Beyond Light , The Hindu

August 22, 2008

Ladakh as a landscape lends itself naturally to photography with its stark peaks and bright colours. But in Rode to Heaven, Shamim Akhtar throws a different light on the region, with his unique Infra Red (IR) photography. While being an experiment with a new form, the exhibition also chronicles Akhtar’s solo bike ride from Delhi to Ladakh.

Akhtar’s large panoramas are remarkable for their unusual colour and vantage angles. He explains the technique and method of IR photography, “IR is nothing new. But in India it’s not been explored much. It’s a particular way of looking at things.”

Having experimented with IR photography for 15 years he has to manually alter his digital camera.

He replaces the hot mirror of his camera with an IR censor. He first sets up his camera on a tripod, searching for the best shot through the viewfinder. Once he places his IR censor, it becomes “blind photography”, as the filter is opaque. What attracts him to this form? “It can’t be explained. But I like the old way of doing things,” he replies.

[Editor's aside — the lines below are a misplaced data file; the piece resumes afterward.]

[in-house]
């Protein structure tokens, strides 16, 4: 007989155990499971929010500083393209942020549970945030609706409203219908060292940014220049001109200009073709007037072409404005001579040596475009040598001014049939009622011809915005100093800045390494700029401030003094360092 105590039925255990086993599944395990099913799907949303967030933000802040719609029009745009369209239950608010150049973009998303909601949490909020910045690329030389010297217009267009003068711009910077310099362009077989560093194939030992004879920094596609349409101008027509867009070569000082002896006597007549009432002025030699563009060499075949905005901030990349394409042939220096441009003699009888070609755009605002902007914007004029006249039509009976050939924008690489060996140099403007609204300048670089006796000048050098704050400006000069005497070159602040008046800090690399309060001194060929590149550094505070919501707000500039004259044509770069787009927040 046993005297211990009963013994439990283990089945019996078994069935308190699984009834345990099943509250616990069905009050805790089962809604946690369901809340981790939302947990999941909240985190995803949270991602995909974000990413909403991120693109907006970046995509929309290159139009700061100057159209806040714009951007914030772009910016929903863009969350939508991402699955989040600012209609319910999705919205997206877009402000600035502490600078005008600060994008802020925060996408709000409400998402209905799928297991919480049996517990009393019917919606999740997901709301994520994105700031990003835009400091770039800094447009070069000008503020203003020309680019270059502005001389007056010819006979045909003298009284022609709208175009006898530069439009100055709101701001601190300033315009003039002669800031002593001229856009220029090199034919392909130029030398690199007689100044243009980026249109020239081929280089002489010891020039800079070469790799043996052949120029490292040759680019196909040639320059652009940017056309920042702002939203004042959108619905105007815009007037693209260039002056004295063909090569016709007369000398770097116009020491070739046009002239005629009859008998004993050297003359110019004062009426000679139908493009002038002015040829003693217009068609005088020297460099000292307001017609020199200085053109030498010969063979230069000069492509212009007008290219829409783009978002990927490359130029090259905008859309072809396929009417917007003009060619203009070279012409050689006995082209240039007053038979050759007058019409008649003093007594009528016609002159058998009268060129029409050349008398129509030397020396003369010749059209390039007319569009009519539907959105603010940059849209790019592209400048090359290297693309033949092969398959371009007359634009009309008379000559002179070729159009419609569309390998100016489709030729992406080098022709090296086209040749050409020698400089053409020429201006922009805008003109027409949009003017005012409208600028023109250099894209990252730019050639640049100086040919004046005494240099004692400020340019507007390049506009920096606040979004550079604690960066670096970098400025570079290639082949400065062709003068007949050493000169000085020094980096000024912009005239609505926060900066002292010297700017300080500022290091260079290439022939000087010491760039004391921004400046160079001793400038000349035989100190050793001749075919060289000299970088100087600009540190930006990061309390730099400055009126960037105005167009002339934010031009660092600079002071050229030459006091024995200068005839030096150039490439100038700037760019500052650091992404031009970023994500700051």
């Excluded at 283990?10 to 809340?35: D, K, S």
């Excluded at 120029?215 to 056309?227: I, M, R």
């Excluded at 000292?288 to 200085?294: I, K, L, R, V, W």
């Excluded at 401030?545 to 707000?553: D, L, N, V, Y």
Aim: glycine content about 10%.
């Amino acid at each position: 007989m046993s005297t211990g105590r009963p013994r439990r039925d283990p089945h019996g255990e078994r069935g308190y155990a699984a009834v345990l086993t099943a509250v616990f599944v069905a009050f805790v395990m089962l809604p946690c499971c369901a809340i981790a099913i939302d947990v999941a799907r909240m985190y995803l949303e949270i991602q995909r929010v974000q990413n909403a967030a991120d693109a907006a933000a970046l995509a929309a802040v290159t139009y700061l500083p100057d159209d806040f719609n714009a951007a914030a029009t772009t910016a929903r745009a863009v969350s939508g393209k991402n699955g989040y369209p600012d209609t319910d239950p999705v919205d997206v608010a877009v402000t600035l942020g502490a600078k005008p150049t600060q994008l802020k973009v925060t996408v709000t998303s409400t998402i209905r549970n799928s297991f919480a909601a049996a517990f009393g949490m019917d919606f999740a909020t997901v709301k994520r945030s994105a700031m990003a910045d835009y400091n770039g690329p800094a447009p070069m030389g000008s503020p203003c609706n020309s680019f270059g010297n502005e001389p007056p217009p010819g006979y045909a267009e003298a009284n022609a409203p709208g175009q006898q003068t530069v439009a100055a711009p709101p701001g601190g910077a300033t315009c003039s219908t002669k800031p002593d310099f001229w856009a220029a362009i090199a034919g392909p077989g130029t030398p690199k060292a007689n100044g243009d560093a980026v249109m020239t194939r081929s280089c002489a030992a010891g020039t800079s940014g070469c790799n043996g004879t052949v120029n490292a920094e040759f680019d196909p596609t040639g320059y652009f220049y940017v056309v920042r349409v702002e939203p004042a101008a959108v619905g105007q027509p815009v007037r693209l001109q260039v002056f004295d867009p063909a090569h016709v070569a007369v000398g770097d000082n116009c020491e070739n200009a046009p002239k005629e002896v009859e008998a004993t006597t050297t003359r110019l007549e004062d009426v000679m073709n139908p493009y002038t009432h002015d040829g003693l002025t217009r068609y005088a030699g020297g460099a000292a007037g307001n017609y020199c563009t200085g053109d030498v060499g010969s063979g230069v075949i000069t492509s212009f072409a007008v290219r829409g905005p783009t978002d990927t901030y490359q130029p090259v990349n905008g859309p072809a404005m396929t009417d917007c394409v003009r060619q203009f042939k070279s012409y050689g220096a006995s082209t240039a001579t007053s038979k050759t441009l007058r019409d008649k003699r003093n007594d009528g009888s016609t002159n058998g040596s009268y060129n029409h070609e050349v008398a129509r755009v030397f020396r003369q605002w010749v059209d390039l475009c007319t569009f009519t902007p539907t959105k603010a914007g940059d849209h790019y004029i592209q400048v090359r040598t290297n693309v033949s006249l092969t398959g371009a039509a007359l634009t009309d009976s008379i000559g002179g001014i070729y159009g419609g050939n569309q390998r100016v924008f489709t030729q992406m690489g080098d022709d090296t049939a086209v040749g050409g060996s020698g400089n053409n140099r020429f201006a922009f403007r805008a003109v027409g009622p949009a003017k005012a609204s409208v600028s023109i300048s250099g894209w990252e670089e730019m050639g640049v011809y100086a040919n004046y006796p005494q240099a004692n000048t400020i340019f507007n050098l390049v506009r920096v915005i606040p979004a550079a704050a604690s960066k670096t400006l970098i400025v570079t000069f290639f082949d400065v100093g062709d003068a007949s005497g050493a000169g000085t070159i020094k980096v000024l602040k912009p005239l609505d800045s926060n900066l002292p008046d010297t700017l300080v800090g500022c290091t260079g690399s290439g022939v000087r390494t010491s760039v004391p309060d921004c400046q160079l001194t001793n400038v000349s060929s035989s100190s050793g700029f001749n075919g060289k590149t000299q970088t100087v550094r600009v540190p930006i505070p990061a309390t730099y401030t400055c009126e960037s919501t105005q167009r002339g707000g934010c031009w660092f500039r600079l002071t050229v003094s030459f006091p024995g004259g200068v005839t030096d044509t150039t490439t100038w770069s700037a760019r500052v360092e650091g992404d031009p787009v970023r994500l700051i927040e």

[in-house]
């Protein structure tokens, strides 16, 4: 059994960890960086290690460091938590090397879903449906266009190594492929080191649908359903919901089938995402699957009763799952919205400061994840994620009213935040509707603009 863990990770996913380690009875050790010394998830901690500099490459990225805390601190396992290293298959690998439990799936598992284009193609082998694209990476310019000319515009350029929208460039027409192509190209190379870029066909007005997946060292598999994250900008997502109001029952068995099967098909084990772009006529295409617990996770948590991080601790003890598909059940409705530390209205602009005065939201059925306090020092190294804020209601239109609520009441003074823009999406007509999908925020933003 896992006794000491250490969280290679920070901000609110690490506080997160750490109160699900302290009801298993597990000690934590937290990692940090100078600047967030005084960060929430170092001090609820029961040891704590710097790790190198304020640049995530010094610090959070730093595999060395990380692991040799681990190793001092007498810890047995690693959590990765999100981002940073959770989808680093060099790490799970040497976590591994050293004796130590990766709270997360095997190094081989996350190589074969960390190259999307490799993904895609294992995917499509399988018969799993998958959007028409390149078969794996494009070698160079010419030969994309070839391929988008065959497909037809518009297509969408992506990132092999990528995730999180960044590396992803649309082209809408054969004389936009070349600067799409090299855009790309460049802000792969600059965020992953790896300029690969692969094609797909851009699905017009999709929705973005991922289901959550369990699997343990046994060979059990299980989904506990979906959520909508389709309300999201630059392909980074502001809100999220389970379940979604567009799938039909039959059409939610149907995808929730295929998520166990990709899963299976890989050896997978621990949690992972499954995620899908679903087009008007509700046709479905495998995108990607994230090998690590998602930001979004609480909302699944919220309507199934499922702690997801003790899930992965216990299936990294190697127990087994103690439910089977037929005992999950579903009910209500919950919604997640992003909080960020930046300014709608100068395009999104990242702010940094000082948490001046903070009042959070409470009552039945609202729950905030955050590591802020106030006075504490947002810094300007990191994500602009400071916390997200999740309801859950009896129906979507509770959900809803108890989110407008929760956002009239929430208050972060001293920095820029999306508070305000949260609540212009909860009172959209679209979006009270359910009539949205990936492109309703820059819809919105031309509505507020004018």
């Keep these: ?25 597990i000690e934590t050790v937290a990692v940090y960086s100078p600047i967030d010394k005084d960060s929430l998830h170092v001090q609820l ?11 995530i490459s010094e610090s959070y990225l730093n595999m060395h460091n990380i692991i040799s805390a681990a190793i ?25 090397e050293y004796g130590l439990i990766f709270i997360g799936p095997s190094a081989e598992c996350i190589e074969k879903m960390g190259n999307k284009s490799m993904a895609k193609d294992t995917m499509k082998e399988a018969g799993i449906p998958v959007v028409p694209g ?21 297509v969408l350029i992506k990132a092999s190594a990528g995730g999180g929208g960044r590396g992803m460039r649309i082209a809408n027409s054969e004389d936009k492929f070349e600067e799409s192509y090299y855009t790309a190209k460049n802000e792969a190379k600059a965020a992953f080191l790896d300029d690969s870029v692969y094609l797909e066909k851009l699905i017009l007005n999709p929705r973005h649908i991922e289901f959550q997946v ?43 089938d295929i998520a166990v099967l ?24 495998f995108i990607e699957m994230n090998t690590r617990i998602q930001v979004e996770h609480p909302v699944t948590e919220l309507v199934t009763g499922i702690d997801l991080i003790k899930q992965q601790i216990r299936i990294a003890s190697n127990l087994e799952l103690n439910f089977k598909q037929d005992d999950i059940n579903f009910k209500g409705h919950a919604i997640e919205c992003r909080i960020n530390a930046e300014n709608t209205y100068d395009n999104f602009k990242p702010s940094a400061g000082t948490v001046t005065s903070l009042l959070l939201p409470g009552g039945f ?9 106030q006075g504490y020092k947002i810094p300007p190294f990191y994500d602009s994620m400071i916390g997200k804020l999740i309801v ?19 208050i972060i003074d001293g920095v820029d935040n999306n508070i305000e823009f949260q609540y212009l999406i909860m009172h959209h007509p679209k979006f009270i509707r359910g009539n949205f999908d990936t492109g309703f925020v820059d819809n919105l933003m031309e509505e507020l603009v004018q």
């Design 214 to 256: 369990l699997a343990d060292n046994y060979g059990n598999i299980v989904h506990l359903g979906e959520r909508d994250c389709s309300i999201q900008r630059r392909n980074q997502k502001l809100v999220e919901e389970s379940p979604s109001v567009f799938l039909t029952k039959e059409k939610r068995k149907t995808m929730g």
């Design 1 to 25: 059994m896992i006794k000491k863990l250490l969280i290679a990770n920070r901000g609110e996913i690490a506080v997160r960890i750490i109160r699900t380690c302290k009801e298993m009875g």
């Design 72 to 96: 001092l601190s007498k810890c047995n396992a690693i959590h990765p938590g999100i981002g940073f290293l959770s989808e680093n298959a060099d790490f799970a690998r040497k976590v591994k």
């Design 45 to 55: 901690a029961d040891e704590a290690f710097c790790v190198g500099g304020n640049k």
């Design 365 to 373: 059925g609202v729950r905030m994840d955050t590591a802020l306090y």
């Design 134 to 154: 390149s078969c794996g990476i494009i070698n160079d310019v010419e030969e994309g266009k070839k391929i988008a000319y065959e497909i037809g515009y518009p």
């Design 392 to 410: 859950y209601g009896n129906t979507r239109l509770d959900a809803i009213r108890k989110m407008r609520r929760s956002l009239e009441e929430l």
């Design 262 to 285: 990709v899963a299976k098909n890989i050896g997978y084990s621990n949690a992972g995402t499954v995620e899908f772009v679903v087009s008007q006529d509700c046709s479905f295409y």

The photographs are also displayed chronologically by date and time. Akhtar explains, “I purposely gave the time. I wanted to do Ladakh on a time scale. Ladakh has been shot by the best photographers from India and abroad. So, I wanted to do something different. I want to show that I’ve not taken lakhs of shots. It’s been done in real time.” He elaborates, “Photography is not about waiting for that right moment. Photography is about reality.” It is the reality of Ladakh that most appeals to him.

Solo sojourns
Having ridden even to Kathmandu solo, Akhtar revels in his solitary tours. He explains the joy of riding on his own, “I want to be one with the element. I can’t do that with a companion. If I’m talking to even one person then I can’t enjoy the music of the silence.”

Working also on a coffee table book, “Ladakh in a Fortnight”, Akhtar is hoping to attract more Indian tourists to Ladakh.

“Rode to Heaven”, runs from today to the 28th at the Lokayata hall at the Hauz Khas Village.